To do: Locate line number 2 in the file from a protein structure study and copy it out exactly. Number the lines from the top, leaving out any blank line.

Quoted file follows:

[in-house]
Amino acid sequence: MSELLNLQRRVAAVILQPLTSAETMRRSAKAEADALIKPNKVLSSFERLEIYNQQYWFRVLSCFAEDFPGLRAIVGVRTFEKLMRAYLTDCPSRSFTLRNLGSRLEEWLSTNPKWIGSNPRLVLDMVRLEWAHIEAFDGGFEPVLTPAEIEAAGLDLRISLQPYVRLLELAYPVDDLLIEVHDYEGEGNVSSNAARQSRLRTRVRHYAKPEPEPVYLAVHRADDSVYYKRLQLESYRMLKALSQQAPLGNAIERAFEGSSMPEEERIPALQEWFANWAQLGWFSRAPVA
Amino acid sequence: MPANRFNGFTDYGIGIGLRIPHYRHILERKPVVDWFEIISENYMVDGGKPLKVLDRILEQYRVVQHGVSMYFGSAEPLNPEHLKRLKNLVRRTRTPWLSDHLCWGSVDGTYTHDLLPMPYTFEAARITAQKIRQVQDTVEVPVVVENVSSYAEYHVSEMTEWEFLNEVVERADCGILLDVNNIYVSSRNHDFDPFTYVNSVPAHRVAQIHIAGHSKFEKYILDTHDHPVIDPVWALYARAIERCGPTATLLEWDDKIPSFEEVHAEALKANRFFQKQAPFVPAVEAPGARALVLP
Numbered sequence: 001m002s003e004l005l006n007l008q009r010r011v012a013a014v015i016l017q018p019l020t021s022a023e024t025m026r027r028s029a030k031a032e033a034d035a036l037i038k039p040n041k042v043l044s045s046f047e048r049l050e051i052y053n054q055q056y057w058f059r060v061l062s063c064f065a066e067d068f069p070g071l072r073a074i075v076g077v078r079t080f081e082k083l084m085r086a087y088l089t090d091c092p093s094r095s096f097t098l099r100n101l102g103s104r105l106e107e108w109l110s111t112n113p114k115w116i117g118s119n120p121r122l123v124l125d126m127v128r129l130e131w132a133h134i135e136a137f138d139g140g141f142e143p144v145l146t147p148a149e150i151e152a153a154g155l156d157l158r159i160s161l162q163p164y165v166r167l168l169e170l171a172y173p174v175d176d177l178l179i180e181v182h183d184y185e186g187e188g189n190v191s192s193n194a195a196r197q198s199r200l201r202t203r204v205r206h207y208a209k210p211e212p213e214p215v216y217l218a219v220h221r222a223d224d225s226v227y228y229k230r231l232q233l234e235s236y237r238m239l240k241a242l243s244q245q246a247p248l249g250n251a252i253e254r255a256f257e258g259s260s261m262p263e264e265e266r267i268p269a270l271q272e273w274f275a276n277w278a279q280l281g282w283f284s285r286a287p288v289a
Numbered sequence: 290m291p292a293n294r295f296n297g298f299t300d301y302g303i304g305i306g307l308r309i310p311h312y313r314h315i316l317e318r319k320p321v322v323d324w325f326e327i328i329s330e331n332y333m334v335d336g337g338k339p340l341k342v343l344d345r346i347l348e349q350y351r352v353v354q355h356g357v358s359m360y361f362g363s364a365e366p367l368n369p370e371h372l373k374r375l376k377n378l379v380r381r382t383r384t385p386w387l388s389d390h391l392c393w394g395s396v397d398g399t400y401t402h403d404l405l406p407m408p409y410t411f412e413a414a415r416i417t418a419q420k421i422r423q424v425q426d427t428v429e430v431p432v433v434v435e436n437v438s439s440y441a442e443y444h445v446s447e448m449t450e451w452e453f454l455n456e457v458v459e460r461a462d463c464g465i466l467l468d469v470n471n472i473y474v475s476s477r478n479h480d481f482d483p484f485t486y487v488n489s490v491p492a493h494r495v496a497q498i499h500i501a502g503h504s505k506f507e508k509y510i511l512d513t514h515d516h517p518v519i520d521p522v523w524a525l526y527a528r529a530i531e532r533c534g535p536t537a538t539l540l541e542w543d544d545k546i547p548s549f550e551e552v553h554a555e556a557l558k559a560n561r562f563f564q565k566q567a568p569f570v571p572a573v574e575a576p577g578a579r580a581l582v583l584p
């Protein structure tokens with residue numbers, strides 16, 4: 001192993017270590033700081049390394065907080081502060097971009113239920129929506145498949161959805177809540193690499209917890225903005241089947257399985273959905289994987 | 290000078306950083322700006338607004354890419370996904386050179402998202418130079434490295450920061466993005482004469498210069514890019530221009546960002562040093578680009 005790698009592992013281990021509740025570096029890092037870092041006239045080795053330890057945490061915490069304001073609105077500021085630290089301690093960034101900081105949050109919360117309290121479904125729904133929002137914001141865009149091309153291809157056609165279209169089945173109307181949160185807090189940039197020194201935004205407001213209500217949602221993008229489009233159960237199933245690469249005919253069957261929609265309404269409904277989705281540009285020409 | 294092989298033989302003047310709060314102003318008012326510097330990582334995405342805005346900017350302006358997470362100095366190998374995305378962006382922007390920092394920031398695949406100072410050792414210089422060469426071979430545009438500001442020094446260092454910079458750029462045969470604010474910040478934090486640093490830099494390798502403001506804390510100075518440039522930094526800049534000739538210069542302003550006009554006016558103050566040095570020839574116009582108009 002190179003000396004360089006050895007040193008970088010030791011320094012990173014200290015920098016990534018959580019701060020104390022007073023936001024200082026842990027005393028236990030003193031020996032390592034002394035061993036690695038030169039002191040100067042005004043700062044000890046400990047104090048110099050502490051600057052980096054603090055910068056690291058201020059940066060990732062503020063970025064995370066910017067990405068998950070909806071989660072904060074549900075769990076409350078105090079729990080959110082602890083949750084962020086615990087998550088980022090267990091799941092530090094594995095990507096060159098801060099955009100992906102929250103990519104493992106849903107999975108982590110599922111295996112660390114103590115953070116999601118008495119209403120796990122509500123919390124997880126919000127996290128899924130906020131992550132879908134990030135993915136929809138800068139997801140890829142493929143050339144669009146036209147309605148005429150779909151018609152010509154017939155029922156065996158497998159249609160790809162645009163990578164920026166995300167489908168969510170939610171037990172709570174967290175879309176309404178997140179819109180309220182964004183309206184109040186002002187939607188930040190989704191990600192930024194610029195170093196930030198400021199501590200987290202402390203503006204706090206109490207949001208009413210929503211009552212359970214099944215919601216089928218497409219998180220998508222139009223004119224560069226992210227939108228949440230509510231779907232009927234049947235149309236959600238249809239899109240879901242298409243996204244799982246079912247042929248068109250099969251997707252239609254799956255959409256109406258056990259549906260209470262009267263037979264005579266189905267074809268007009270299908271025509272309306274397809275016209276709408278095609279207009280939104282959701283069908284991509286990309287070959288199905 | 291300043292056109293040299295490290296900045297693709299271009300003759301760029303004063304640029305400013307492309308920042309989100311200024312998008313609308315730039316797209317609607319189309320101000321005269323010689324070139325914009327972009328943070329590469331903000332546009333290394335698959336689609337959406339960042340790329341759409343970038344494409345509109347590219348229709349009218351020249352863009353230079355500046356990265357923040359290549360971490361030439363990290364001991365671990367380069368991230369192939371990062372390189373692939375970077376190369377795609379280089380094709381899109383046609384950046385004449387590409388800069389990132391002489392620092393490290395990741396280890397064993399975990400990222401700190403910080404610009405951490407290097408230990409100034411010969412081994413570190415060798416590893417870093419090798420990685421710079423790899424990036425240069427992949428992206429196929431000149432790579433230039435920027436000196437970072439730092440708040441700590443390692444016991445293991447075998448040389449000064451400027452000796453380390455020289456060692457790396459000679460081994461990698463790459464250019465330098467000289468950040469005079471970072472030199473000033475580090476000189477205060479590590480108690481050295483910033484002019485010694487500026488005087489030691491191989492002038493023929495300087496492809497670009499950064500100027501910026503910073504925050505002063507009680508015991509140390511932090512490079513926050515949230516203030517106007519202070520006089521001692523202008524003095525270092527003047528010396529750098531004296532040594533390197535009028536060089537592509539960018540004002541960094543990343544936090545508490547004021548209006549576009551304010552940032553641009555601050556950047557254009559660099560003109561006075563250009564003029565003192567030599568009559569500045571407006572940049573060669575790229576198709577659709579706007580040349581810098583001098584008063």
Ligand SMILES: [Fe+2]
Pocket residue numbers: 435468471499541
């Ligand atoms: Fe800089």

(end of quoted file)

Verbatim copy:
Amino acid sequence: MSELLNLQRRVAAVILQPLTSAETMRRSAKAEADALIKPNKVLSSFERLEIYNQQYWFRVLSCFAEDFPGLRAIVGVRTFEKLMRAYLTDCPSRSFTLRNLGSRLEEWLSTNPKWIGSNPRLVLDMVRLEWAHIEAFDGGFEPVLTPAEIEAAGLDLRISLQPYVRLLELAYPVDDLLIEVHDYEGEGNVSSNAARQSRLRTRVRHYAKPEPEPVYLAVHRADDSVYYKRLQLESYRMLKALSQQAPLGNAIERAFEGSSMPEEERIPALQEWFANWAQLGWFSRAPVA